“Several times in my career, when people offered me an opportunity, I always said this: give me an offer I can’t refuse and I won’t,” Samuels said. “I was given several opportunities in my life that I couldn’t refuse and I didn’t. Really good offers in your career are a recognition of your previous accomplishments.”
In 1978, Conrail offered Samuels the Chief Industrial Engineer position with the freedom to build a 100-person Industrial Engineering Department from scratch. Despite the overwhelming offer, Samuels still had to choose between a steady life-long job in academia and a risky private sector industry that was just emerging from bankruptcy thanks to massive assistance from the Federal Government.
“In those days, I wanted to get back to industry to see if I could run an engineering department,” Samuels said. “It was the right move to make. One of the reasons I made the move was because I was asked to do an initial assessment to see if Conrail could be profitable, and I came to the conclusion that, if properly managed, a railroad could be competitive and profitable.”
Despite reservations from his colleagues, Samuels took the job at Conrail and his career flourished as he was able to apply more than a decade worth of academic knowledge in the field of engineering and management. Less than 10 years later, in 1987, Conrail was deemed profitable, they went public and paid back the $2.1 billion loan they received from the Federal Government in 1976.
As Conrail’s profits soared and the railroad industry once again became an integral part of America’s economy, Samuel’s career paralleled the company’s success. In 1989, Samuels became the Vice-President (VP) of Continuous Quality Improvement, then the VP of Mechanical in 1991, VP of Engineering in 1993 and the VP of Operation Assets in 1995.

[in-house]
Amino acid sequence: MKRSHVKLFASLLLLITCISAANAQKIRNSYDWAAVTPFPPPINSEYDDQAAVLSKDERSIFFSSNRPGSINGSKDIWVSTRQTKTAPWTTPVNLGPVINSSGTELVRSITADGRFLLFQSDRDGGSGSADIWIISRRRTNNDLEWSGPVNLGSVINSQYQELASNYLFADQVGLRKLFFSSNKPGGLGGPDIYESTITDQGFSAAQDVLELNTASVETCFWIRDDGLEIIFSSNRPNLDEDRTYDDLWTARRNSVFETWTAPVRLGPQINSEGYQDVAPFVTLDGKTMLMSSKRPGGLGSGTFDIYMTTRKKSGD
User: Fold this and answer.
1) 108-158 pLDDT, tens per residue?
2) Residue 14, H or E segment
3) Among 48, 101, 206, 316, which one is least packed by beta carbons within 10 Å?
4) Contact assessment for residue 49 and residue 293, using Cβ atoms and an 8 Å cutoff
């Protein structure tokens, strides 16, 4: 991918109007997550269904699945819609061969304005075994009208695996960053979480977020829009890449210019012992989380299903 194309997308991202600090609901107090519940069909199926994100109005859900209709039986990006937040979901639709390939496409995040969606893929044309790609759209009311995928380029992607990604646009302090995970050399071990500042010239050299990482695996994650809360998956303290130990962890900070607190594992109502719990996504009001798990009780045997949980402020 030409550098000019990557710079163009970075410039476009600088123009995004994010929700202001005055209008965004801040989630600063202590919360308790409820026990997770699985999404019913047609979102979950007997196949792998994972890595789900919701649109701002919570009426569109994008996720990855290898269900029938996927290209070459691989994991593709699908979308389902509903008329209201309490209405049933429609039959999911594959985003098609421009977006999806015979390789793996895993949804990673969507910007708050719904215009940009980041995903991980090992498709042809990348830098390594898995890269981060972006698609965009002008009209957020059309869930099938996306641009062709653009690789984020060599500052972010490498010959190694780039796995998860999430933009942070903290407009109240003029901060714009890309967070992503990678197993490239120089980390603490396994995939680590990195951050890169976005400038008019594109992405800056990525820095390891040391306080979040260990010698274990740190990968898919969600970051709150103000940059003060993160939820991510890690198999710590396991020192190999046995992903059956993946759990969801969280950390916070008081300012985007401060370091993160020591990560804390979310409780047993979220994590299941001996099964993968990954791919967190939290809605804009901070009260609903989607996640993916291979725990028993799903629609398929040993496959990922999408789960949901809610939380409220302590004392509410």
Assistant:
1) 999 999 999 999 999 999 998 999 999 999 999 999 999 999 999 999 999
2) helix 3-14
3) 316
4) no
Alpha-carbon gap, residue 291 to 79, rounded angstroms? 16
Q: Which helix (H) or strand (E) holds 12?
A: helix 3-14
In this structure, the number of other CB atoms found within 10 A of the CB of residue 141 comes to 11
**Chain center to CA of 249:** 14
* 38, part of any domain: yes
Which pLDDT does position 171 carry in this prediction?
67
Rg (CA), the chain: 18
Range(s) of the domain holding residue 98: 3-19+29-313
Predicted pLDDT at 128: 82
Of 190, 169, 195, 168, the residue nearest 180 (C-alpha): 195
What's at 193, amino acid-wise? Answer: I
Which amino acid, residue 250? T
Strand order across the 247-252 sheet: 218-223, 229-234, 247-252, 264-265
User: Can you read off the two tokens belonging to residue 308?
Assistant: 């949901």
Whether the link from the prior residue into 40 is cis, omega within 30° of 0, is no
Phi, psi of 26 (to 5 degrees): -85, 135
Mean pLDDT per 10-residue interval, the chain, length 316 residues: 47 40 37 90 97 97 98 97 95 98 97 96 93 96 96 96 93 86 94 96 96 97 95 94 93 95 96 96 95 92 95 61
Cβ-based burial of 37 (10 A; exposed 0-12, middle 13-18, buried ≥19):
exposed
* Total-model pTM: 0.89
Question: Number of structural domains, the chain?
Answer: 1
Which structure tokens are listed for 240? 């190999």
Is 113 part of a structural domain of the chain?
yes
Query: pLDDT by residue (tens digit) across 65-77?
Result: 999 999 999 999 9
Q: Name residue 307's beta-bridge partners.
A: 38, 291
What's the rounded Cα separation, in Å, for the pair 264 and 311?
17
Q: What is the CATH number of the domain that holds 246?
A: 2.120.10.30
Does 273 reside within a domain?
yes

“People over the years have said to me that there are not a lot of academics who make a smooth transition back into industry,” Samuels said. “Most academics fail in that endeavor and go back to the academic world. I not only survived but I thrived in it.”
In 1996, just 20 years after emerging from bankruptcy, Conrail was sold to Norfolk Southern and CSX railroads for $10 billion.
“I made the move at a point in time when things started to turn around,” Samuels said. “It was the right move but a lucky move. Everything I’ve been associated with in my career has been very profitable and very viable.”
The luck Samuels couldn’t control, but the education background that allowed him to take advantage of his opportunities was at the heart of his success.
Samuels was 35-years-old in 1978 when he joined Conrail as the Chief Industrial Engineer yet the only full-time industry experience he had to that point was his co-op position at General Motors while he was an undergraduate student at Kettering.
“A lot of my success had to do with Kettering because of the co-op nature of the educational experience,” Samuels said. “I had the academic experience coupled with the co-op time to understand the dynamics of how industry works and what motivates people to work at all levels of a company.”
Samuels asserts that his career path was a linear progression. The Kettering education and co-op experience prepared him for academia at Penn State. Academia prepared him for consulting and all of it put together gave him a firm handle on how to thrive in industry and provided him with the foundation to take risks.
“During a lot of junctures in my life, I could’ve said ‘no’ and stayed where I was, but I chose to take the opportunities and the reason I had the confidence to take those opportunities was the background and education that I had,” Samuels said.
After Conrail, Samuels joined Norfolk Southern as the VP of Operations, Planning and Budget in 1997 before retiring in 2006. He continued to consult until 2013 but now is completely focused on fishing, golfing and spending time with his family. He also wants to help students to empower them to take advantages of the same opportunities that he had during his career. The Dr. John M. Samuels Scholarship Endowment was established at Kettering in December 2014 and provides financial assistance to Industrial Engineering students in good academic standing.
To this day, Samuels believes in the power of his education and is exemplifying his belief by believing in the education of others.
“I used every bit of engineering that I learned in school,” Samuels said. “I used every bit of every course that I ever took in college to manage my way through my career and all of the challenges associated with it.”
Written By Pardeep Toor | Contact: Pardeep Toor - email@example.com - (810) 762-9639